Senior ministers were invited to review the text of the withdrawal agreement that has so far been secured in negotiations with Brussels, and are poised to meet as soon as a deal is ready to be signed off.
"I would urge caution that an imminent breakthrough is not necessarily to be taken for granted, not by a long shot", Coveney said on Thursday.
"It is important that Britain would not undercut our own products on our own market in the all-UK Irish backstop", one source said of the European Union demand that comes as the two sides are seeking a Brexit deal as soon as this month.
He went on: "Repeatedly, people seem to make the same mistake over and over again-assuming that if the British cabinet agrees something then that's it then: everything is agreed".
Former Brexit secretary David Davis said the full government legal advice on Brexit must be published and insisted how the United Kingdom could exit from the customs union must be "pinned down" before MPs and peers vote on the deal.
The European plan, known as the "backstop to the backstop", would leave Northern Ireland tied to the single market and customs union if Brexit talks collapse.
Although 95 per cent of a Brexit deal is said to be agreed, Britain and the European Union have yet to agree on how to guarantee that there will be no return to a visible border between Northern Ireland and the Republic of Ireland in the future.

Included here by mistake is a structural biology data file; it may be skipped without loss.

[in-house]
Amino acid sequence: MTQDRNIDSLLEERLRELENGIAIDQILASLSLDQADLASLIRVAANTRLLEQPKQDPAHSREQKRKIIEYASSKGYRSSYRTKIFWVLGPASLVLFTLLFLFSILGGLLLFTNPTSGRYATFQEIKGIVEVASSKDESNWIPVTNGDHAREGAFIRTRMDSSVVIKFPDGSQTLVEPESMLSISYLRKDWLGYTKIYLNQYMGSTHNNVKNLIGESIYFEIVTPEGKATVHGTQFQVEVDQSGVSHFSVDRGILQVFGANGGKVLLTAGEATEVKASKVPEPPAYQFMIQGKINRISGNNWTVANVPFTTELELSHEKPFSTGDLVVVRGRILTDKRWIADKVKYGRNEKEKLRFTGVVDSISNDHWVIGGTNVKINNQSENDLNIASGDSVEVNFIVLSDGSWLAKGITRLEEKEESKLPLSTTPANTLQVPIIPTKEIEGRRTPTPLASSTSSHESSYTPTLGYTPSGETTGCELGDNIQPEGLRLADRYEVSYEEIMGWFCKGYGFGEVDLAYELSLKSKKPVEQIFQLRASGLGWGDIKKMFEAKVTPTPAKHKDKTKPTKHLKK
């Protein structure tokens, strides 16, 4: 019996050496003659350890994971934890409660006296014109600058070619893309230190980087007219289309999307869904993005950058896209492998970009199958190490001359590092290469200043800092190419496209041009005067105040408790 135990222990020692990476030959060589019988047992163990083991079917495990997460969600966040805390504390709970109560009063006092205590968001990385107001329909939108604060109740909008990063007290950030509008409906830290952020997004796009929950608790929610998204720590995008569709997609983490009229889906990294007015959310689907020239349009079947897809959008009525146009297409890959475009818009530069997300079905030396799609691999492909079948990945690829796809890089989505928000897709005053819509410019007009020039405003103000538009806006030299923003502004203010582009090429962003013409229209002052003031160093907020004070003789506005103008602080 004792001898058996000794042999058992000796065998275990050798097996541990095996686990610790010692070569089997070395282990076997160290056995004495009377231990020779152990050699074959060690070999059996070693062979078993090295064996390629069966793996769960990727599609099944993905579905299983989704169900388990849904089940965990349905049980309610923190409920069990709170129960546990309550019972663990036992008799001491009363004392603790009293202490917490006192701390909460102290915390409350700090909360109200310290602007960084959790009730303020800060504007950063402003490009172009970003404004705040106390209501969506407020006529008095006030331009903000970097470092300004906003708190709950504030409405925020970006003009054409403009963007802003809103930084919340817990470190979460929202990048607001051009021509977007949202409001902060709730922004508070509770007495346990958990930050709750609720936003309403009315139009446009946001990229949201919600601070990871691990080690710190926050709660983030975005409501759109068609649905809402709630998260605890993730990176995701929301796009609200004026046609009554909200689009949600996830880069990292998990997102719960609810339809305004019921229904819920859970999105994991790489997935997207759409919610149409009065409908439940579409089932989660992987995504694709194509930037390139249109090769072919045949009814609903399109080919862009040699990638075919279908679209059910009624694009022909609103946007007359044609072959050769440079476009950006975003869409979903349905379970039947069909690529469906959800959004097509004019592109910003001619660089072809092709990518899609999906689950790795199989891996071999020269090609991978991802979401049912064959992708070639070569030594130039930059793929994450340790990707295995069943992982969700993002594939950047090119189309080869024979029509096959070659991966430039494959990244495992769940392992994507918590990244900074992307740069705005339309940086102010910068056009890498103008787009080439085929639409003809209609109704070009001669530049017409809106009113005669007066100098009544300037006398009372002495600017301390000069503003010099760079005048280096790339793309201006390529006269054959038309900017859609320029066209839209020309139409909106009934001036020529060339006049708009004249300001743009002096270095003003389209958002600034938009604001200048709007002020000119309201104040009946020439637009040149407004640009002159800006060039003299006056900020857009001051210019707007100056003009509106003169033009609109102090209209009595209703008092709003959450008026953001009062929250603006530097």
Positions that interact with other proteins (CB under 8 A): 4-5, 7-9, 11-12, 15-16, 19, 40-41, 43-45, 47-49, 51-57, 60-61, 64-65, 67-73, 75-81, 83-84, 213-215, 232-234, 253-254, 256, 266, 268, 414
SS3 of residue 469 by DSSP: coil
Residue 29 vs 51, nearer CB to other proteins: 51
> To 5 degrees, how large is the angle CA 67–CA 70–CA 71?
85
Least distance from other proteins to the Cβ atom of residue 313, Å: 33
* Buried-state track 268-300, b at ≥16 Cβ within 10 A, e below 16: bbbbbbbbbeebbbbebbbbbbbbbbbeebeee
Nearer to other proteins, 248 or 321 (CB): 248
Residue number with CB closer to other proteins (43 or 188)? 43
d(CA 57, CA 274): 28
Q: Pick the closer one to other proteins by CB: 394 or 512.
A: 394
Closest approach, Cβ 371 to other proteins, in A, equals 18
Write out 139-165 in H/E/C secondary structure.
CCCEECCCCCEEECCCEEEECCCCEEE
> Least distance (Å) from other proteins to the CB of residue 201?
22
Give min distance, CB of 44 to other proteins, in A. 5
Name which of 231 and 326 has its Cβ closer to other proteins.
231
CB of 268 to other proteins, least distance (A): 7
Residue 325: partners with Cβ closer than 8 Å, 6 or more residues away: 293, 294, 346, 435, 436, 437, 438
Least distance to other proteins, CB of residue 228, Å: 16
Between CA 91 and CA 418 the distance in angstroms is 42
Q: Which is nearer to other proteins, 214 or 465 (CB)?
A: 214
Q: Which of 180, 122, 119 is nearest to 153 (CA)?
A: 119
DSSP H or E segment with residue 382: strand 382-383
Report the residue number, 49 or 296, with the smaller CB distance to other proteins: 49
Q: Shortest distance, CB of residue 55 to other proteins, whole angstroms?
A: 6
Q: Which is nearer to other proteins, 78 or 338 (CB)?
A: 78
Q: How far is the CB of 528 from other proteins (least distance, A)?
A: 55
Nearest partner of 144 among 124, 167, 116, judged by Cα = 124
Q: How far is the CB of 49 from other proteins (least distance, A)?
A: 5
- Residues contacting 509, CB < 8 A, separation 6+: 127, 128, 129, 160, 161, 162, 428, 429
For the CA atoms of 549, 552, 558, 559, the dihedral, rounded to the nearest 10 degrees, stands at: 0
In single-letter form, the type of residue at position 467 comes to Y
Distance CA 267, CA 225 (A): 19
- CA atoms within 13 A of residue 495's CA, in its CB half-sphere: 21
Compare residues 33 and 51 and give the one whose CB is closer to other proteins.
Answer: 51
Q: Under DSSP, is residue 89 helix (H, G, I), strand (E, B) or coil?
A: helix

Some cabinet ministers want to see the full legal advice given to May setting out how any customs arrangement could be ended to avoid it becoming a permanent settlement. Progress on the Irish backstop could seal the withdrawal agreement, but a deal would not have been completed until all details of the future framework were also tied up.
May will still need to get the deal, including the so-called Irish border backstop plan, approved by her Cabinet and later by Parliament - where she's likely to face considerable opposition.
May's spokesman said ministers agreed at cabinet on the need for an "effective mechanism" within the backstop to ensure "that the United Kingdom can not be held in the arrangement indefinitely".
A UK-wide customs deal would maintain quota-free and tariff-free access to European markets for the British fishing industry and in return the EU wants to keep continued access to United Kingdom waters for its trawlers, the newspaper said.
Michel Barnier cited the anti-EU British MEP Nigel Farage as a cautionary example at a conference of the centre-right European People's Party.